OUR MISSION – is to help you find freedom from pain without invasive surgery or pain medications.
We do this by helping our patients optimize bone health and treating the underlying conditions that cause pain. Dr. James Webb & Associates has helped thousands of patients restore mobility to live stronger and healthier lives.
Dr. James Webb, M.D.
Dr. James Webb is a musculoskeletal radiologist who specializes in osteoporosis treatment and interventional pain management in Tulsa, Oklahoma.
Dr. Webb started his practice as a clinical radiologist to fill a gap for osteoporosis patients who suffered from vertebral compression fractures. As a fellow at the University of Oklahoma, he was trained to perform kyphoplasty, a safe and effective procedure to fix pain from symptomatic vertebral fractures.
After seeing a near perfect success rate in bone repair and pain reduction with this procedure, he quickly saw a problem. Patients would get their fractures fixed, but the underlying causes for osteoporosis were not being treated.
In 2006, Dr. Webb started what would be the first comprehensive clinic treating vertebral compression fractures and the underlying condition of osteoporosis that causes these fractures. Dr. James Webb & Associates is focused on pain intervention and supporting long-term bone health to reduce patients’ risk for getting fractures in the future.
Dr. James Webb is a Board Certified Radiologist as well as a Clinical Instructor at the OU College of Medicine.
Ashleigh Dugan, CPPM
Ms. Dugan has more than 15 years in the healthcare industry. She has experience in several specialties, including Diagnostic Radiology, Osteoporosis, Pain Management, and Hormone Replacement Therapy. Ms. Dugan joined our practice in 2013. She oversees all aspects of the practice and works closely with the doctors, assisting in all procedures and aspects of patient care. Her leadership in the practice allows us to continually improve and make a difference in our patients lives.
Ms. Dugan attended Collin College in Texas, where she lived until 2010, when she married her husband and moved to the Tulsa area. She has 2 daughters, enjoys traveling, music, and everything outdoors, including riding horses and fishing.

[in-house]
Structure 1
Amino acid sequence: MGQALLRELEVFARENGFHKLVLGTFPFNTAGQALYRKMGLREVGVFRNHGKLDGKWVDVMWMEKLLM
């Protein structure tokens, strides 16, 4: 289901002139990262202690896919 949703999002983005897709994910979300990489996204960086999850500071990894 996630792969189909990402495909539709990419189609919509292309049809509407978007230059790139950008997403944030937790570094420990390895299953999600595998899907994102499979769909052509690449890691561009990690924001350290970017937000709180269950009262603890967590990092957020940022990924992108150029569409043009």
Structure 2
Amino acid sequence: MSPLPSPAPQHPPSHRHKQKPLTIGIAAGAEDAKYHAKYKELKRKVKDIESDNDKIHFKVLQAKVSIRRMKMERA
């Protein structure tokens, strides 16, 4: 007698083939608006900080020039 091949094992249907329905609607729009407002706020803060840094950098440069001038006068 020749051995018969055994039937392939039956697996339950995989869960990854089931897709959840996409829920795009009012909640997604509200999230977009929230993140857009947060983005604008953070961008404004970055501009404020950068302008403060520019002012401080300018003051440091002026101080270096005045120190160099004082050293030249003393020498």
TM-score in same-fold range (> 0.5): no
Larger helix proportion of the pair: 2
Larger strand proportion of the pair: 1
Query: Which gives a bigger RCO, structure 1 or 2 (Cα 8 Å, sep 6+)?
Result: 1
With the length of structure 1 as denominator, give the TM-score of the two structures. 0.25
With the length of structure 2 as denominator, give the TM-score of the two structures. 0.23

Mrs. Murphy is attending OSU-IT in Okmulgee. She and her husband recently celebrated 32 years of marriage and have 2 children and 1 grandchild. She enjoys traveling, camping, quilting, reading and working in her church.
Reesa lives in south Tulsa with her husband Dave and children – Mayce 7, Tanner 2 & Paisley 6 months. In her free time she and Dave enjoy taking their RV to the lake and being on the water.
Dave works at Williams as a pipeline controller & also owns a tower crane rental company that keeps him very busy. Reesa enjoys being with family & is a very goal and detail oriented person.
In her words, “I am very devoted also to the people I love! Outside of work I love to make people laugh, host functions at our little ranch hanging out with friends. I also adore shopping for a awesome deal.”
Non-Surgical Pain Relief
Our Unique Approach
We do the best for our patients by following the basic principles that we were taught in medical school. Primarily, that the key to diagnosis is in the history and physical examination. The answer for the cause of a patient’s problem almost always lies in what the patient tells the doctor and what the doctor finds when the examine the patient’s body. By following these principles, we are often able to find the source of pain, even when others have not.